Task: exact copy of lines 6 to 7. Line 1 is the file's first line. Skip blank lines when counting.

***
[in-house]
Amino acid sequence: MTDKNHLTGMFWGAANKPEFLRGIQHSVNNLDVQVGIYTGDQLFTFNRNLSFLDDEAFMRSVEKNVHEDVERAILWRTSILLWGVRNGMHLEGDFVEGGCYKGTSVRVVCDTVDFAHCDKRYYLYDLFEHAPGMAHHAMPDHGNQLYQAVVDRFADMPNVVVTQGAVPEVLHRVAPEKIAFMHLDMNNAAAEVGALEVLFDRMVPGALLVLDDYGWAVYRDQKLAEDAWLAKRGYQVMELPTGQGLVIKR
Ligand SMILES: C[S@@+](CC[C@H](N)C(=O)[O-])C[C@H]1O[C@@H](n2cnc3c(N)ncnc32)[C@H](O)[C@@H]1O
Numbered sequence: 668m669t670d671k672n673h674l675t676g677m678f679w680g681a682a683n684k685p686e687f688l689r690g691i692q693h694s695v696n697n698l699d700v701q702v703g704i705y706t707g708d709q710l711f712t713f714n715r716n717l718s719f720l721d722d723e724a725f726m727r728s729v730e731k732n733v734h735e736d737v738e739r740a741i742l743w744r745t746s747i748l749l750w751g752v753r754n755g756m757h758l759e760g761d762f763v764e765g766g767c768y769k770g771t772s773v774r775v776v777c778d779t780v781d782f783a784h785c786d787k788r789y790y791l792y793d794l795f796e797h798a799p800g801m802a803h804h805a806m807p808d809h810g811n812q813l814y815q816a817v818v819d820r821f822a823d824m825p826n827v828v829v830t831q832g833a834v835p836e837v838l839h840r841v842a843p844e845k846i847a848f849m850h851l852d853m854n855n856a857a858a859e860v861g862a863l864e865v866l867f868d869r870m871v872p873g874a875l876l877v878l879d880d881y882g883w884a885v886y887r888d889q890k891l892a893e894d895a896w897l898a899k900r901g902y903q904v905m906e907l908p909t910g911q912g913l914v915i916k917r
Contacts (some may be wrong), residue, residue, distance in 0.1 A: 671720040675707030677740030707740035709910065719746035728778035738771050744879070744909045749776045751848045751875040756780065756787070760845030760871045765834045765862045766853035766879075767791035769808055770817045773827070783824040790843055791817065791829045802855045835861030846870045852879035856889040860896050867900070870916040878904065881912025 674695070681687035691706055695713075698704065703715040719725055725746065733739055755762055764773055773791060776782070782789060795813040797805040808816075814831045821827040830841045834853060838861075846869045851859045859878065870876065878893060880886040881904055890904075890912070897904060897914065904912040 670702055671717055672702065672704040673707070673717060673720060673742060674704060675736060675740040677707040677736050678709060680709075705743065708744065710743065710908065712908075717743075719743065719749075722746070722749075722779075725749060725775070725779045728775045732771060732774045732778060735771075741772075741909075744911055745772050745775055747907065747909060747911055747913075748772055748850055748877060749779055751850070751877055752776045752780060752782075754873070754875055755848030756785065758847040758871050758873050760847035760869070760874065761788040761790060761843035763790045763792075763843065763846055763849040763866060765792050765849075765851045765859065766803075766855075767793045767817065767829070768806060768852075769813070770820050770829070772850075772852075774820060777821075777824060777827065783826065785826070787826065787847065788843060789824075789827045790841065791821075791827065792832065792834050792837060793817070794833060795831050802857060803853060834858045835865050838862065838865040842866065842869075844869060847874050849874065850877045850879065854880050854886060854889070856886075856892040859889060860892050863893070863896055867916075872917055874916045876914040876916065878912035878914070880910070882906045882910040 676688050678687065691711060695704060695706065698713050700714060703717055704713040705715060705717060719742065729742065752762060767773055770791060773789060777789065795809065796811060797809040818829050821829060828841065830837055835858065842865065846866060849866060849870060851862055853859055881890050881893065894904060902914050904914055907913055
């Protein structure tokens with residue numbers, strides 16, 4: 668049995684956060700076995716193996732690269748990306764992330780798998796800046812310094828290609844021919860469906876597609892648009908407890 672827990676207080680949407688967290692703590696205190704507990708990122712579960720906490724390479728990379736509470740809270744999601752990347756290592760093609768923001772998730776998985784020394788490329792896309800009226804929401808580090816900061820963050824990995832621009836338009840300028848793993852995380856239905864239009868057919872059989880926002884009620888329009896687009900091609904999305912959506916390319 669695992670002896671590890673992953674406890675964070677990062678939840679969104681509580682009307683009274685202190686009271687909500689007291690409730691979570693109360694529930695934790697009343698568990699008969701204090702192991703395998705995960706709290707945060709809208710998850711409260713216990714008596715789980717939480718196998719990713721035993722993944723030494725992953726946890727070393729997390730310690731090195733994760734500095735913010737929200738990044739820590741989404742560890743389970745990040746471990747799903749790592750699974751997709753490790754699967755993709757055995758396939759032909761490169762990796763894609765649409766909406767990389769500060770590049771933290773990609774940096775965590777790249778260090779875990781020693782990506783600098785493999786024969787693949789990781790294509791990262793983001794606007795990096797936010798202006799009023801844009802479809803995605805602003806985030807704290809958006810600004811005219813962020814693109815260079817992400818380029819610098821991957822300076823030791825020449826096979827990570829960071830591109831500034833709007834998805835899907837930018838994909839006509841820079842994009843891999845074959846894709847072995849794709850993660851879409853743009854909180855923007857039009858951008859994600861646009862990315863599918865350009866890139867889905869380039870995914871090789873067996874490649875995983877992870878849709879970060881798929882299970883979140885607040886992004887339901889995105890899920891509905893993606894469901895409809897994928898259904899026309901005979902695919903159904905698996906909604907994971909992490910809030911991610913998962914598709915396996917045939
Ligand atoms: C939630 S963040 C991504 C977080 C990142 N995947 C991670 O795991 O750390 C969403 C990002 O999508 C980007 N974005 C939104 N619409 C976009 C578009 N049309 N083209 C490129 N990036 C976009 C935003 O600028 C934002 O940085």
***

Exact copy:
């Protein structure tokens with residue numbers, strides 16, 4: 668049995684956060700076995716193996732690269748990306764992330780798998796800046812310094828290609844021919860469906876597609892648009908407890 672827990676207080680949407688967290692703590696205190704507990708990122712579960720906490724390479728990379736509470740809270744999601752990347756290592760093609768923001772998730776998985784020394788490329792896309800009226804929401808580090816900061820963050824990995832621009836338009840300028848793993852995380856239905864239009868057919872059989880926002884009620888329009896687009900091609904999305912959506916390319 669695992670002896671590890673992953674406890675964070677990062678939840679969104681509580682009307683009274685202190686009271687909500689007291690409730691979570693109360694529930695934790697009343698568990699008969701204090702192991703395998705995960706709290707945060709809208710998850711409260713216990714008596715789980717939480718196998719990713721035993722993944723030494725992953726946890727070393729997390730310690731090195733994760734500095735913010737929200738990044739820590741989404742560890743389970745990040746471990747799903749790592750699974751997709753490790754699967755993709757055995758396939759032909761490169762990796763894609765649409766909406767990389769500060770590049771933290773990609774940096775965590777790249778260090779875990781020693782990506783600098785493999786024969787693949789990781790294509791990262793983001794606007795990096797936010798202006799009023801844009802479809803995605805602003806985030807704290809958006810600004811005219813962020814693109815260079817992400818380029819610098821991957822300076823030791825020449826096979827990570829960071830591109831500034833709007834998805835899907837930018838994909839006509841820079842994009843891999845074959846894709847072995849794709850993660851879409853743009854909180855923007857039009858951008859994600861646009862990315863599918865350009866890139867889905869380039870995914871090789873067996874490649875995983877992870878849709879970060881798929882299970883979140885607040886992004887339901889995105890899920891509905893993606894469901895409809897994928898259904899026309901005979902695919903159904905698996906909604907994971909992490910809030911991610913998962914598709915396996917045939
Ligand atoms: C939630 S963040 C991504 C977080 C990142 N995947 C991670 O795991 O750390 C969403 C990002 O999508 C980007 N974005 C939104 N619409 C976009 C578009 N049309 N083209 C490129 N990036 C976009 C935003 O600028 C934002 O940085």